# Confused about logical statements in C++

1. Jul 14, 2012

### torquerotates

Maybe this should belong in the logic section. But since this is C++, ill put it here.

bool isLeapYear( int y)
{
return y%4==0 && y % 100 !=0 || y% 400==0 ;
}

They said it returns when y is divisible by 4 but not by 100 unless it is also divisible by 400.

This is a bit confusing since I thought that statements are binary. that is its either A and(BorC) or (AorB)andC. I mean we get statements like (A and B and B) b/c [A and (B and C)]=[A and B and C]. Same thing for the or operator. But I can't see how (A and B or C) results from a binary logical statement involving two sets.

Do they mean (y%4==0 && y % 100 !=0 || y% 400==0) is the same as

(y%4==0) && (y % 100 !=0 || y% 400==0)?

It would make a lot more sense b/c
(y%4==0) && (y % 100 !=0 || y% 400==0) is the same as

(y%4==0 && y % 100 !=0) ||(y%4==0 && y% 400==0)

which is the same as the statement:y is divisible by 4 but not by 100 unless it is also divisible by 400.

2. Jul 15, 2012

### jhae2.718

It works. Let's look at 100 as an example and 800.

100:

First, C++ checks if y % 4 == 0. 100 % 4 == 0, so this is true.

Then, it checks if y % 100 != 0. This is false.

true AND false is false.

Then, it checks if y % 400 == 0. 100 % 400 == 100 != 0, so this is false.

false OR false is false, so the function returns false.

800:

First, C++ checks if y % 4 == 0. 800 % 4 == 0, so this is true.

Then, it checks if y % 100 != 0. This is false.

true AND false is false.

Then, it checks if y % 400 == 0. 800 % 400 = 0 == 0, so this is true.

false OR true is true, so the function returns true.

Last edited: Jul 15, 2012
3. Jul 15, 2012

### D H

Staff Emeritus
No! The initial expression is the same as

(((y % 4 == 0) && (y % 100 != 0)) || (y% 400 == 0))

A fully parenthesized version of this expression is

((((y % 4) == 0) && ((y % 100) != 0)) || ((y% 400) == 0))

The expression (y%4==0 && y % 100 !=0 || y% 400==0) has no parentheses. There is a lot of ambiguity in that expression. One has to look to the precedence table to resolve this ambiguity. Modulus takes precedence over every other operation in this expression, so the first step in resolving the ambiguity is to group the modulus operations:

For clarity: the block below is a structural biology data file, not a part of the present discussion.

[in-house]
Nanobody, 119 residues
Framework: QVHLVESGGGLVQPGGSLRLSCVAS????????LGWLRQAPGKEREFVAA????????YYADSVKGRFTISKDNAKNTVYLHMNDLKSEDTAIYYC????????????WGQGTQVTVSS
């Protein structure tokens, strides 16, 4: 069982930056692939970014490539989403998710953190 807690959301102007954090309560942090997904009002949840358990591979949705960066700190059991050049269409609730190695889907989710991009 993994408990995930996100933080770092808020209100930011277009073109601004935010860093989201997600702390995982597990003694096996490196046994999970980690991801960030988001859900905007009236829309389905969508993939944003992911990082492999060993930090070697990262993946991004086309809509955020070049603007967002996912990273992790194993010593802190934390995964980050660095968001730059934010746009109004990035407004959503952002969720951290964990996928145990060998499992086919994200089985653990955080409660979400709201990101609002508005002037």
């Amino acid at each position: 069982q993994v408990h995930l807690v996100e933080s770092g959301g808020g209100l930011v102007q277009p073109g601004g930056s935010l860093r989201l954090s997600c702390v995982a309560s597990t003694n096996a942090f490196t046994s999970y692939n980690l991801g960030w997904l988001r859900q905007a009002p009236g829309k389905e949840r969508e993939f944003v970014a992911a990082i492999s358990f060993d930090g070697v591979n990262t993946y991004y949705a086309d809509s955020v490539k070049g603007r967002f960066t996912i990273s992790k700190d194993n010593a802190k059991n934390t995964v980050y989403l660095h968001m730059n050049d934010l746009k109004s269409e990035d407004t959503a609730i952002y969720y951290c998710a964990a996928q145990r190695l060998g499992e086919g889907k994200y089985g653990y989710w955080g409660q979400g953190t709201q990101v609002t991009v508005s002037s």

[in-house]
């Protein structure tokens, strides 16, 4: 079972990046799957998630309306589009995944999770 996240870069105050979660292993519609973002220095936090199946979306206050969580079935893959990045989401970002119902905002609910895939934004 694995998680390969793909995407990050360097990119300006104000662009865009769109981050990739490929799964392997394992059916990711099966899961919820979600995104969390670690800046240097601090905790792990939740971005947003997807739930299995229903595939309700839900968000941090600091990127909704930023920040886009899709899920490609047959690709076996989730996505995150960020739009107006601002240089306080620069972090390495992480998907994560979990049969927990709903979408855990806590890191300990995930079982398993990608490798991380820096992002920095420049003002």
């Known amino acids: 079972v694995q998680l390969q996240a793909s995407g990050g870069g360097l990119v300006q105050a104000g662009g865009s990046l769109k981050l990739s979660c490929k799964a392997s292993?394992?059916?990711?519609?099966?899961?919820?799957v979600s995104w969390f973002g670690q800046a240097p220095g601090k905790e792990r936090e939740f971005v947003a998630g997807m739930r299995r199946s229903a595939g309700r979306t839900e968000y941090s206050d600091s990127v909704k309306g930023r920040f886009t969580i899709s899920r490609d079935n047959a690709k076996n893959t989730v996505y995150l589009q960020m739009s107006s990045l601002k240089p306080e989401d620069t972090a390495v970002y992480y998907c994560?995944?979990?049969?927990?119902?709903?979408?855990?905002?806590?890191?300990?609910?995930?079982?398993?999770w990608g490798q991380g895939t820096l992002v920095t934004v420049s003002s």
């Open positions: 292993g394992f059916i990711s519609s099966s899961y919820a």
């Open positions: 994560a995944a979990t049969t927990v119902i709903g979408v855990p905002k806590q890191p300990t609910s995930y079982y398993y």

((y % 4) == 0 && (y % 100) != 0 || (y% 400) == 0)

Equality and inequality come next in precedence, resolving the expression to

(((y % 4) == 0) && ((y % 100) != 0) || ((y% 400) == 0))

Here we have something of the form A && B || C. Logical and takes precedence over logical or, perhaps by way of extension that multiplication takes precedence over addition (2*3+4 is 10, not 14). With this rule, A && B || C is the same as (A && B) || C, or

((((y % 4) == 0) && ((y % 100) != 0)) || ((y% 400) == 0))

That fully-parenthesized version leaves no doubt as to the meaning. My personal rule: Don't rely on the precedence table except where it's patently obvious. 2*3 + 4 is patently obvious. It's 10, no parentheses are needed. Beyond that, it's not obvious. I tend to use lots of parentheses to remove all doubt. On the grounds that arithmetic operators taking precedence over the comparison operators is fairly obvious, I might write the above as

(((y % 4 == 0) && (y % 100 != 0)) || (y% 400 == 0))

Note that even though your interpretation is incorrect, it still works here. The reason is that 100 and 400 are multiples of 4.

4. Jul 20, 2012

### rorix_bw

Be aware that C and C++ will "short circuit" boolean expressions.

in the case of

if (A && B) {...}

A is checked first, and B will never be evaluated if A is false, which can have side effects if B is a function that updates a state.

Also be aware the order of execution is not guaranteed under C or C++. Only the order of precedence, and order of binding is guaranteed.

a+b+c is parsed as a+(b+c) because of right to left binding on the + operator, but the compiler can compute B and C in any order it wants to. Again this can have side effects where B and C are [STRIKE]not simple numbers[/STRIKE] interdependent.

Last edited: Jul 20, 2012